Expectations, Experiences, Trust in the Case of Short Circuit Food Supply Networks

Farmers Markets are receiving an increasing attention by both food chains actors and social scientists. Economic and sociological studies are contributing to the comprehension of these forms of exchange. Both consumers and producers are fostering their expectations about the renewal of a mode of exchange which sustained local production‐ consumptions linkages. The main economic function of these organizational structures seems to be the reduction of the price paid by the consumers and the enhancements of allocation of farm products. The basic interpretation of these forms of exchange focuses on market structure, nonetheless the exchange relationships seems to emphasize several dimensions, including economic and cultural aspects. The objective of the paper is of investigating the role of networks among producers and consumers in structuring and making viable the Farmer Markets as structures of short food supply chains. The basic idea is that the strength of Farmer Markets is the ability of satisfying the consumers expectations about a few characteristics of the products, entailing given cultural and economic aspects. The study argues that under this view the Farmer Markets may be thought of as a emerging form of production‐consumption interaction. According to existing evidences it is suggested that the network is also the emerging forms of horizontal relationships among the producers participants to the markets. The paper aims at suggesting that basic types of trust act as key factor in structuring the networks and in promoting the stability of the market.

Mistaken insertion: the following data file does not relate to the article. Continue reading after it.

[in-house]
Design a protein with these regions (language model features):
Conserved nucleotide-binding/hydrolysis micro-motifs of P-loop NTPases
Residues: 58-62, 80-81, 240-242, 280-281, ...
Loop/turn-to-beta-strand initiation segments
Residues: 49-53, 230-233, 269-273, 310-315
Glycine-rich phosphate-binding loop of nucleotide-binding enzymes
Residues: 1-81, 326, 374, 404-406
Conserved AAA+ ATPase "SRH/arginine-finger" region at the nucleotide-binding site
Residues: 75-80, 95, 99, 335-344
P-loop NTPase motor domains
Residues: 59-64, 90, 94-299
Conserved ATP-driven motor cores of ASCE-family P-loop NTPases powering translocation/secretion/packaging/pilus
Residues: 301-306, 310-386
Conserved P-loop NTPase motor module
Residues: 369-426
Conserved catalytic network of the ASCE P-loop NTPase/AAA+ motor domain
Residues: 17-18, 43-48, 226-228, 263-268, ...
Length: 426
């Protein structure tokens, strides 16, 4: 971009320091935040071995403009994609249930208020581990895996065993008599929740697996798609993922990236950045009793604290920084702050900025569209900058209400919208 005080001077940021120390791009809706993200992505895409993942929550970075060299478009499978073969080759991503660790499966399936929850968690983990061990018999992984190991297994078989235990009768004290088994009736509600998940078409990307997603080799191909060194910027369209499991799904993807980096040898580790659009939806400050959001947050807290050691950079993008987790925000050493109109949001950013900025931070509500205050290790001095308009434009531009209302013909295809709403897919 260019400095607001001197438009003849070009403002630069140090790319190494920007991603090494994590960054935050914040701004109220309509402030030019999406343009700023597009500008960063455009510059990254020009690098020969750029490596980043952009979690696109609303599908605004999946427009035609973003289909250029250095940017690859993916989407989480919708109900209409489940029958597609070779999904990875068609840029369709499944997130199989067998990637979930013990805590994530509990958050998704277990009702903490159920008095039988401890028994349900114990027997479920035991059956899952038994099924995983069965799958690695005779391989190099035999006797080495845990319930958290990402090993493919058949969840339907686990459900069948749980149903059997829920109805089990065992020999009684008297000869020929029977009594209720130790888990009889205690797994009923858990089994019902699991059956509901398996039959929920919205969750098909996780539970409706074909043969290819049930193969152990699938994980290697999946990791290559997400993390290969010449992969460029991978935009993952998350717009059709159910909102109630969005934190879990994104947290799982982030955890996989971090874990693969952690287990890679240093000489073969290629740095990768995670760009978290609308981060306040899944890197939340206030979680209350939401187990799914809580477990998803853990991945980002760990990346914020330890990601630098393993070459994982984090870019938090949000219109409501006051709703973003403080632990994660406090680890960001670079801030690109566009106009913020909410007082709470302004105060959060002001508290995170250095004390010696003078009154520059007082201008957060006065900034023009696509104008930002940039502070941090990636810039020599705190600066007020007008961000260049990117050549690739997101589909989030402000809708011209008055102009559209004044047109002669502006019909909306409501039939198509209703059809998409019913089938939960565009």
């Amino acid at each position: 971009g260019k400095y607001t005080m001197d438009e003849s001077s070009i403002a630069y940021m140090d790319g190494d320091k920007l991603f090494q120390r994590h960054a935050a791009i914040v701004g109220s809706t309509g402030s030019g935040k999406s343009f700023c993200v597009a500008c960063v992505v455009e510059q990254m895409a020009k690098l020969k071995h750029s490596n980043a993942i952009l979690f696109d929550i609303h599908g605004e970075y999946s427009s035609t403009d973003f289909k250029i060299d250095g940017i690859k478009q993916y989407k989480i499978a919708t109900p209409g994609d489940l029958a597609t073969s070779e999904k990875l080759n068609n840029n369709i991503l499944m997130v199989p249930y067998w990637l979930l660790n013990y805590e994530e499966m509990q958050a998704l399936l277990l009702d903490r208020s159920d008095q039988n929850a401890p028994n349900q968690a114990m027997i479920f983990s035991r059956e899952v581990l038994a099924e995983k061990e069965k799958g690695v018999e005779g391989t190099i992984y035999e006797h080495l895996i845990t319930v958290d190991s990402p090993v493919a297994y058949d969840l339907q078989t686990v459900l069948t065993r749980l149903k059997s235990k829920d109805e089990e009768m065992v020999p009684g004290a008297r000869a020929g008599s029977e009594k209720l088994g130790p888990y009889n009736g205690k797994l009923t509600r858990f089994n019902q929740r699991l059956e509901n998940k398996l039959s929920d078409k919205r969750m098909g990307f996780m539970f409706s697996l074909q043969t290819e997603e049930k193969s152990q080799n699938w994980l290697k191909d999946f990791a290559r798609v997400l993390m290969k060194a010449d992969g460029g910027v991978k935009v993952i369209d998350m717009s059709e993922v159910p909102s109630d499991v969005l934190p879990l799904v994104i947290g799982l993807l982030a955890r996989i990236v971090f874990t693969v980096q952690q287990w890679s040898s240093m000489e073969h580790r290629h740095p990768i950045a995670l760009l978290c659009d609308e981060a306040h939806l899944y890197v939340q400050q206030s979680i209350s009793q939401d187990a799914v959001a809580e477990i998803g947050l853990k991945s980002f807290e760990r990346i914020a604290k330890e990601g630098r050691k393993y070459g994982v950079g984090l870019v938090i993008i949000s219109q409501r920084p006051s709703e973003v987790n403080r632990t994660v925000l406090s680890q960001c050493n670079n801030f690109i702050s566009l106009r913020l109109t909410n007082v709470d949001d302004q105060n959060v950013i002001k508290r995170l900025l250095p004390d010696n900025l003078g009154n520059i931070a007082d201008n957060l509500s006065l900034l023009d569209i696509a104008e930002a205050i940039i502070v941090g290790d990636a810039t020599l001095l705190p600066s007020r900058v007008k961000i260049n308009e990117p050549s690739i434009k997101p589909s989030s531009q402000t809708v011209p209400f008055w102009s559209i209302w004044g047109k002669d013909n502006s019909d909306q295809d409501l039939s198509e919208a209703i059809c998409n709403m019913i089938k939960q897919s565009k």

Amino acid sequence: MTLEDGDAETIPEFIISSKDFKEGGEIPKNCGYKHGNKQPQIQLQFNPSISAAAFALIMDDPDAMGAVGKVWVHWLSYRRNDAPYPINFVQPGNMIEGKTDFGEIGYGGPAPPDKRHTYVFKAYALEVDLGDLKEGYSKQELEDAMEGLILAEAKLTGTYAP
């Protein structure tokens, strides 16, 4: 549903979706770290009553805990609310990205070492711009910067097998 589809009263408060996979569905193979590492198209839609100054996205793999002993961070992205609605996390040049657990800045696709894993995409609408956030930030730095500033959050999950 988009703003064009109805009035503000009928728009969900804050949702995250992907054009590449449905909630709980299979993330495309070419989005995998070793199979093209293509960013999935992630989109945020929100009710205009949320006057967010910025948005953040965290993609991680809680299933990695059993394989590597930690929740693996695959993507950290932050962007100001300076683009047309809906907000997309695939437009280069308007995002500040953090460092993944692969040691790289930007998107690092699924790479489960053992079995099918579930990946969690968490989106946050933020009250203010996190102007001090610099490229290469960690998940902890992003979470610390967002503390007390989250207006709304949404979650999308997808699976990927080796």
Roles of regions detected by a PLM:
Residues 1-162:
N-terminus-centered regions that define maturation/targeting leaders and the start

Editor(s):
Schiefer, Gerhard
Fritz, Melanie
Rickert, Ursula
Issue Date:
2010-10
Publication Type:
Conference Paper/ Presentation
DOI and Other Identifiers:
ISBN 978-3-941766-03-7 (Other)
PURL Identifier:
http://purl.umn.edu/100592
Page range:
661-677
Total Pages:
17
JEL Codes:
D4




 Record created 2017-04-01, last modified 2017-08-26

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